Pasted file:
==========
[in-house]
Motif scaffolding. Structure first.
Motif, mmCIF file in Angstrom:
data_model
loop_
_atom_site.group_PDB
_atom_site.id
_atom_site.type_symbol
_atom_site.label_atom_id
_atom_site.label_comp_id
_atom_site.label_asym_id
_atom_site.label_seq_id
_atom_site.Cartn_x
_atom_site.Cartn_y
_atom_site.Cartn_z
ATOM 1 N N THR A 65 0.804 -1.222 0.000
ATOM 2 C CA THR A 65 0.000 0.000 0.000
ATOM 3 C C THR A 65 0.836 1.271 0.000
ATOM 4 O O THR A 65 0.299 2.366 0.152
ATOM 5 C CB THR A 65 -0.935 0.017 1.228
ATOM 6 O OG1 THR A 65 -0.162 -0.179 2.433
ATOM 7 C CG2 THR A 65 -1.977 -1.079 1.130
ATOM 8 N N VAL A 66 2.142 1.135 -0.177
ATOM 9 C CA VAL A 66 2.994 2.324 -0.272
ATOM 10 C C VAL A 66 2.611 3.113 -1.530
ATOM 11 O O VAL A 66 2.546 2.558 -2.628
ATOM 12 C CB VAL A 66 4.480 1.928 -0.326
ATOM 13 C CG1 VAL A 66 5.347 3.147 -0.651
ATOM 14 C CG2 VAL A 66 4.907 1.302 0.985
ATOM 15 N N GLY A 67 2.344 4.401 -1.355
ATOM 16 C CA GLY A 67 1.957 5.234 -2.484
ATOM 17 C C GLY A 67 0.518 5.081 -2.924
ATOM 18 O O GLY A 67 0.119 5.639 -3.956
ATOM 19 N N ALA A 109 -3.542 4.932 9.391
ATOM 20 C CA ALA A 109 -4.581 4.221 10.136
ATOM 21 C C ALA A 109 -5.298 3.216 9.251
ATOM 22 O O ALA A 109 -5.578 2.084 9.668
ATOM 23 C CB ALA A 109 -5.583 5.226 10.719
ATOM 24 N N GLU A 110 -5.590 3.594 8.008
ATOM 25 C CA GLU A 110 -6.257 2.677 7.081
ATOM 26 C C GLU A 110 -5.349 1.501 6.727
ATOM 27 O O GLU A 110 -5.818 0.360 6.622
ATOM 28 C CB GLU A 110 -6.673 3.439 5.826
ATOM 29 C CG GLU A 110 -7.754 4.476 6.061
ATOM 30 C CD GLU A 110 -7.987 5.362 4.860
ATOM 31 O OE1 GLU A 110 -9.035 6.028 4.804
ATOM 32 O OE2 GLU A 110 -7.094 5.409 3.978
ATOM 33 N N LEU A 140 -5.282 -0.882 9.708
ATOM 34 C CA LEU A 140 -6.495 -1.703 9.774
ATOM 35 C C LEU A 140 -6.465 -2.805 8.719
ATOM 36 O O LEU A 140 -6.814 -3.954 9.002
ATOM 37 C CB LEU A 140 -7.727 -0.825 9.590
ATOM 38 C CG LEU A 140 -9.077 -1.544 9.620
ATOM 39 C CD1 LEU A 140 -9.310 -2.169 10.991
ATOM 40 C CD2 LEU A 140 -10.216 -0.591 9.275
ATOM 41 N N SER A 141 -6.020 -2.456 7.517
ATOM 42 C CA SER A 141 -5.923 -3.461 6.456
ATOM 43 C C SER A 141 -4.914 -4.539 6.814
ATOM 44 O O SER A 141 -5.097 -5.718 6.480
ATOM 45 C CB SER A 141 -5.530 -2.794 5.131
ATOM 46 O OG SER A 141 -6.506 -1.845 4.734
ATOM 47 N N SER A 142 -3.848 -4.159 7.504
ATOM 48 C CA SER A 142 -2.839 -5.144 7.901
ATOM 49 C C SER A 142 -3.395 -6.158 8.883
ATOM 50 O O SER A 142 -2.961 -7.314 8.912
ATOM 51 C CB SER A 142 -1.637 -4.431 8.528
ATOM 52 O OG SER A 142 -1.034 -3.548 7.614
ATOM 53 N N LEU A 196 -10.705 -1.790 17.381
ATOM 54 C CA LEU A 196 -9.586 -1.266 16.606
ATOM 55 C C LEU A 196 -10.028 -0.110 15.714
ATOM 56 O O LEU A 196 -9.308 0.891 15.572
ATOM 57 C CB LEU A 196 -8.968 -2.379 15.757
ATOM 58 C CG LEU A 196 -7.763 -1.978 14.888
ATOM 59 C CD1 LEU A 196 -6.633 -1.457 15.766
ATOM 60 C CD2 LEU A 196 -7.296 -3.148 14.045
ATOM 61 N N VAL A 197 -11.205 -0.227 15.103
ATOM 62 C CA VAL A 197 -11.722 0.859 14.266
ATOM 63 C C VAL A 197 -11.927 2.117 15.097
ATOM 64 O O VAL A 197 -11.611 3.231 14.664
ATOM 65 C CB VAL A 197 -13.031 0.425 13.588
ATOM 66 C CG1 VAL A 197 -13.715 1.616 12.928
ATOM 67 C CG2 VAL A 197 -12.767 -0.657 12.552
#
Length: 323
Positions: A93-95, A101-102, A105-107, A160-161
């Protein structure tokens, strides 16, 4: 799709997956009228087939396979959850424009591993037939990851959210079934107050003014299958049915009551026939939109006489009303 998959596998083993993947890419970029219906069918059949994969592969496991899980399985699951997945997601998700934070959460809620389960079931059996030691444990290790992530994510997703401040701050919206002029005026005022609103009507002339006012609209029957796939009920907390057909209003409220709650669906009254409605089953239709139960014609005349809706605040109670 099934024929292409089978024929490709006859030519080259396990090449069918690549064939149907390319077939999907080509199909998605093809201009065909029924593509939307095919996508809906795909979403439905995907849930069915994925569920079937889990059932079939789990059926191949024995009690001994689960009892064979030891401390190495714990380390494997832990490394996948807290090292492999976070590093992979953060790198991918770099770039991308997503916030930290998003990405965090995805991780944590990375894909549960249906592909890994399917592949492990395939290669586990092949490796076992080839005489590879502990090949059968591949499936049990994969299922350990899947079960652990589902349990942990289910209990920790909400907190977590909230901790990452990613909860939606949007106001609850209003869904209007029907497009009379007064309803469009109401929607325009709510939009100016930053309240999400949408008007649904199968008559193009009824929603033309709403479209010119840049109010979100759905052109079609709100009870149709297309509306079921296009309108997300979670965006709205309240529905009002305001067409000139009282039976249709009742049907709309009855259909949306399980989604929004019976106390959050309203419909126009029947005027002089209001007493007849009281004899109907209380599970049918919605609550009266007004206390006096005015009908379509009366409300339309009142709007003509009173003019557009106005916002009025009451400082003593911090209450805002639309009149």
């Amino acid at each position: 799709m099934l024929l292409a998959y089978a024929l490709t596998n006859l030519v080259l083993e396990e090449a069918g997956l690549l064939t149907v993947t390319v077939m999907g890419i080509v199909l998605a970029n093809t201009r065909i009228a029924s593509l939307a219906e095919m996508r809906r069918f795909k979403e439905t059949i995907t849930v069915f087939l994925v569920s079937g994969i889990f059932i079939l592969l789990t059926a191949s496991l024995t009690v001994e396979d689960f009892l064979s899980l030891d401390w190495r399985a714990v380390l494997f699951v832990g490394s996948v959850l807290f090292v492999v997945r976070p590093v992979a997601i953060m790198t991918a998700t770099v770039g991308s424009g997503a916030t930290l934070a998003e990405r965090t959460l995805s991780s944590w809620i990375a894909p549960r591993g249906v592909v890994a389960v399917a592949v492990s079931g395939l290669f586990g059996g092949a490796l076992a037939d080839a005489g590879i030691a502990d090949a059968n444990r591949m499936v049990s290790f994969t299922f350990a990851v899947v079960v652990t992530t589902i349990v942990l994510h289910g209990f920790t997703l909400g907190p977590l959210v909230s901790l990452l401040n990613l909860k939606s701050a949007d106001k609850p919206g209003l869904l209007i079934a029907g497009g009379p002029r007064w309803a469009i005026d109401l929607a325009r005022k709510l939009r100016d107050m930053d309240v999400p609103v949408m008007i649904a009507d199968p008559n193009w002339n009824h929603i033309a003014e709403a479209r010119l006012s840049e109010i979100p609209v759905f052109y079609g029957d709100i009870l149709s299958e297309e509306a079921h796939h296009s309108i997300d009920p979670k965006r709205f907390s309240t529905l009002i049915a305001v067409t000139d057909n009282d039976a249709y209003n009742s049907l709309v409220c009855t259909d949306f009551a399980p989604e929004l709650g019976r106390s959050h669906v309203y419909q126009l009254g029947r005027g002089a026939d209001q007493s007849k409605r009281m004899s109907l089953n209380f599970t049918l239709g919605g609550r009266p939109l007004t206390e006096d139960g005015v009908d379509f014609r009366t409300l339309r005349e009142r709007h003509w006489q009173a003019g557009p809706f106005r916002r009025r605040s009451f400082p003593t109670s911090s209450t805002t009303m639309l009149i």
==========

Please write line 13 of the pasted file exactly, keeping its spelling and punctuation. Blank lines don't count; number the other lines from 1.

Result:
_atom_site.Cartn_x